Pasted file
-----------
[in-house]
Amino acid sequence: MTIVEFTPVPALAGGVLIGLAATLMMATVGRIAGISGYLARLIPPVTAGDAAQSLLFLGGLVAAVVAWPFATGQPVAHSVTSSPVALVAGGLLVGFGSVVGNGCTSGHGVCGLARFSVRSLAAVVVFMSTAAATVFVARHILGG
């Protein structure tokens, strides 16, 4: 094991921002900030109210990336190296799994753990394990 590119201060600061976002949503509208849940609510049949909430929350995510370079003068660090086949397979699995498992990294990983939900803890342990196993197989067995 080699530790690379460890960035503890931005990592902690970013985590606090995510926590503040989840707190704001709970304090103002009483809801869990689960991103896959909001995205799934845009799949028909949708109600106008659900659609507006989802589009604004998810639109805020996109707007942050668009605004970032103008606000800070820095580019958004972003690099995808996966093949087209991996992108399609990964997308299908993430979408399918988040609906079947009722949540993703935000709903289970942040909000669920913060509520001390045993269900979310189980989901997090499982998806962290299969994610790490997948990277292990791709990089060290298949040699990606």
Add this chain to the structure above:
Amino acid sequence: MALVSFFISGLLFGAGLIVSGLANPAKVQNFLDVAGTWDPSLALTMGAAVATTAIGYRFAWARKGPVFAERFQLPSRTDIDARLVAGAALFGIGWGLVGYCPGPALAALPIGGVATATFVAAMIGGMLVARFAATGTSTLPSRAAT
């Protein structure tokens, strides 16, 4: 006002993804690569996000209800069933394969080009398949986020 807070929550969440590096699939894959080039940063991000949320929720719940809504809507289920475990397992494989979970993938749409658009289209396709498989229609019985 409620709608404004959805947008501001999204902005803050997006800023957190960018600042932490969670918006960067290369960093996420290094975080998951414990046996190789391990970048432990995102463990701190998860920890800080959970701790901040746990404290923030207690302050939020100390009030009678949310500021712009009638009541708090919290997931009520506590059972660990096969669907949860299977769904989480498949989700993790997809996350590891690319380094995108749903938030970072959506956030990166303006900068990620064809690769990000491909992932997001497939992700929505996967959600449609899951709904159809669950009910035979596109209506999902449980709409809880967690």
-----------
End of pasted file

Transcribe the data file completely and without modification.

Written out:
[in-house]
Amino acid sequence: MTIVEFTPVPALAGGVLIGLAATLMMATVGRIAGISGYLARLIPPVTAGDAAQSLLFLGGLVAAVVAWPFATGQPVAHSVTSSPVALVAGGLLVGFGSVVGNGCTSGHGVCGLARFSVRSLAAVVVFMSTAAATVFVARHILGG
């Protein structure tokens, strides 16, 4: 094991921002900030109210990336190296799994753990394990 590119201060600061976002949503509208849940609510049949909430929350995510370079003068660090086949397979699995498992990294990983939900803890342990196993197989067995 080699530790690379460890960035503890931005990592902690970013985590606090995510926590503040989840707190704001709970304090103002009483809801869990689960991103896959909001995205799934845009799949028909949708109600106008659900659609507006989802589009604004998810639109805020996109707007942050668009605004970032103008606000800070820095580019958004972003690099995808996966093949087209991996992108399609990964997308299908993430979408399918988040609906079947009722949540993703935000709903289970942040909000669920913060509520001390045993269900979310189980989901997090499982998806962290299969994610790490997948990277292990791709990089060290298949040699990606």
Add this chain to the structure above:
Amino acid sequence: MALVSFFISGLLFGAGLIVSGLANPAKVQNFLDVAGTWDPSLALTMGAAVATTAIGYRFAWARKGPVFAERFQLPSRTDIDARLVAGAALFGIGWGLVGYCPGPALAALPIGGVATATFVAAMIGGMLVARFAATGTSTLPSRAAT
């Protein structure tokens, strides 16, 4: 006002993804690569996000209800069933394969080009398949986020 807070929550969440590096699939894959080039940063991000949320929720719940809504809507289920475990397992494989979970993938749409658009289209396709498989229609019985 409620709608404004959805947008501001999204902005803050997006800023957190960018600042932490969670918006960067290369960093996420290094975080998951414990046996190789391990970048432990995102463990701190998860920890800080959970701790901040746990404290923030207690302050939020100390009030009678949310500021712009009638009541708090919290997931009520506590059972660990096969669907949860299977769904989480498949989700993790997809996350590891690319380094995108749903938030970072959506956030990166303006900068990620064809690769990000491909992932997001497939992700929505996967959600449609899951709904159809669950009910035979596109209506999902449980709409809880967690």